It also requires “Goldilocks” conditions in order to grow, says Mauricio Galindo, head of operations at the London-based International Coffee Organization, a group that tracks the global coffee market and threats to coffee production.
“Arabicas are the ones at risk—they’re very delicate trees,” he says. “They depend on conditions that are not too warm, not too cold, not too wet, not too dry.”
Besides needing near-perfect conditions to grow, Arabica is also highly vulnerable to a fungus known as coffee leaf rust, a disease that originated in Africa and Asia but has since spread to every coffee-growing region except for Hawaii and Australia. As its name implies, the fungus turns a coffee plant’s leaves a dark brown, causing leaves to eventually fall off. An infected tree will have a lower coffee yield and may eventually die.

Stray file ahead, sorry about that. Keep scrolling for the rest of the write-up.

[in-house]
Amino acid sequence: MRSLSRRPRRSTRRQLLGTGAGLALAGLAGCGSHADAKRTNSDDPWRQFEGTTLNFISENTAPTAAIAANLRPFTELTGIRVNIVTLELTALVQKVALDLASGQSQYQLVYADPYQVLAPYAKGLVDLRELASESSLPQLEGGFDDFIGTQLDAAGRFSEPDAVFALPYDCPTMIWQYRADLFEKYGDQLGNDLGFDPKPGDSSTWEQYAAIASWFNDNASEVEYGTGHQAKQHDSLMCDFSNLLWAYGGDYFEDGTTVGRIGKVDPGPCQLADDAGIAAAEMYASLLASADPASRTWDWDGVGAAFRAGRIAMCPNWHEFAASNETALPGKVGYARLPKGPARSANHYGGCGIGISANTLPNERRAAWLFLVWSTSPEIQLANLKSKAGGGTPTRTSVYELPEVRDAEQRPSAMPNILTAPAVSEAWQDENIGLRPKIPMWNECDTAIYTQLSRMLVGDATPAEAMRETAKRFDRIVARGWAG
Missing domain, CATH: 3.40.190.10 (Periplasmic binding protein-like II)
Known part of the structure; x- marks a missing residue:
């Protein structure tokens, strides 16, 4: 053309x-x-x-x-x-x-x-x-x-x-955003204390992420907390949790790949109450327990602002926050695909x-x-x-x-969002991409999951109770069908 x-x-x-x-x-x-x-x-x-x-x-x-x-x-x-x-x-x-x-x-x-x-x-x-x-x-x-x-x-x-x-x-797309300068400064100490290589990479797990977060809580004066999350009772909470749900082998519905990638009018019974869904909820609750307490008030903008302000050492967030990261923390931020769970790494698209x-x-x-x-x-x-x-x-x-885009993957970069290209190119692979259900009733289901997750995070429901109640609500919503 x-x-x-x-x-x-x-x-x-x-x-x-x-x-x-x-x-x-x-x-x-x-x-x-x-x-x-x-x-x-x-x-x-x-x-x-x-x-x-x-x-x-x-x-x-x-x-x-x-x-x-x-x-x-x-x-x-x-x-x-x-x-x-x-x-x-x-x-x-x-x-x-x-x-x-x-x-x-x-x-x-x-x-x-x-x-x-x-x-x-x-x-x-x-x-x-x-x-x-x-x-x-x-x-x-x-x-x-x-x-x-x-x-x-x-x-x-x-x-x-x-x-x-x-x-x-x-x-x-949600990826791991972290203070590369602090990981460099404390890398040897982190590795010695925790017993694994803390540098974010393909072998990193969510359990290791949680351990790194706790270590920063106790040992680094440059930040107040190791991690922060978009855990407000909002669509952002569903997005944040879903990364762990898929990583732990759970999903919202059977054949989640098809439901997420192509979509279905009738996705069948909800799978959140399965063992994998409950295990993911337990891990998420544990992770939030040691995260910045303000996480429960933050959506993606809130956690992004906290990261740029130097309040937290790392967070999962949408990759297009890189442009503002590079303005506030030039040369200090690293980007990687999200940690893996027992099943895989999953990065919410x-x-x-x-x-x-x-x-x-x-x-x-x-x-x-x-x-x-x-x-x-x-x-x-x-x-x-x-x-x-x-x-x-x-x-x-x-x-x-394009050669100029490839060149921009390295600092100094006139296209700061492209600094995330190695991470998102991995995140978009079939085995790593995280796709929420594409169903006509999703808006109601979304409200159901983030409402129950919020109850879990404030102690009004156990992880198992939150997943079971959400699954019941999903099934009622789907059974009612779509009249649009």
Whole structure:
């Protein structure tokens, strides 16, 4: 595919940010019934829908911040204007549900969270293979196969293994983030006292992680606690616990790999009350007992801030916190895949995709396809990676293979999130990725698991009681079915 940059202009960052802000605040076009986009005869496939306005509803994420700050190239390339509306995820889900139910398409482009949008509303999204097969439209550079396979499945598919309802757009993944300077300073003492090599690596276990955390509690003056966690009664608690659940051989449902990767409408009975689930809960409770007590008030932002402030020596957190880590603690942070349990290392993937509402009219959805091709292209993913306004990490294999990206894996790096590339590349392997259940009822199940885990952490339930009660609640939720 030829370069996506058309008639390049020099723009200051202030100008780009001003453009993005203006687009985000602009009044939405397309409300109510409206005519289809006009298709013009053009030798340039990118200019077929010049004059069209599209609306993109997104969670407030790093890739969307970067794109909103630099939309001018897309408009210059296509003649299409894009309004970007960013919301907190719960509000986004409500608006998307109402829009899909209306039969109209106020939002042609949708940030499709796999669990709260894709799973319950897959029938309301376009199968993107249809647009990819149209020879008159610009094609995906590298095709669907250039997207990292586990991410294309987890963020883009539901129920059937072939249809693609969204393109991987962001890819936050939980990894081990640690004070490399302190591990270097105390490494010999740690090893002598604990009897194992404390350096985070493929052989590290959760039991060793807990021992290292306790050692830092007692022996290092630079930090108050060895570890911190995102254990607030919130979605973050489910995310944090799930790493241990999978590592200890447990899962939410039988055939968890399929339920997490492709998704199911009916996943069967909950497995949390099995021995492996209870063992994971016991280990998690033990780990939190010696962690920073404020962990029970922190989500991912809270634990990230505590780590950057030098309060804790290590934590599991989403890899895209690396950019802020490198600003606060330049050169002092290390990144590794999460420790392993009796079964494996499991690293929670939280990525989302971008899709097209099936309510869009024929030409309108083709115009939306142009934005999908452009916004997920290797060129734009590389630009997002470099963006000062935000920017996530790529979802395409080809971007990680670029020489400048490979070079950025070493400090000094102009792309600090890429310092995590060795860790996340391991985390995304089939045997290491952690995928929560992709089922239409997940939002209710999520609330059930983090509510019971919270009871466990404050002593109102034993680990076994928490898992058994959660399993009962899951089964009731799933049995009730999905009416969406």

Left unchecked, coffee rust has the potential to completely destroy a country’s crop. In the mid 1860s, the disease essentially wiped out all of Sri Lanka’s coffee plantations. More than 100 years later, Sri Lanka still doesn’t have any significant coffee production, according to the International Coffee Organization.
For decades, coffee farmers in South and Central America were insulated from the disease’s effects because coffee plants in the Americas are grown in the cool mountains, where temperatures weren’t warm enough to be suitable for the plant. But in the 1970s, the first cases of coffee rust reached Brazil, and increasing temperatures and rainfall caused by climate change have allowed the fungus to live at higher altitudes.
According to Galindo, “everything points to climate change being the main factor influencing this explosion in coffee leaf rust.”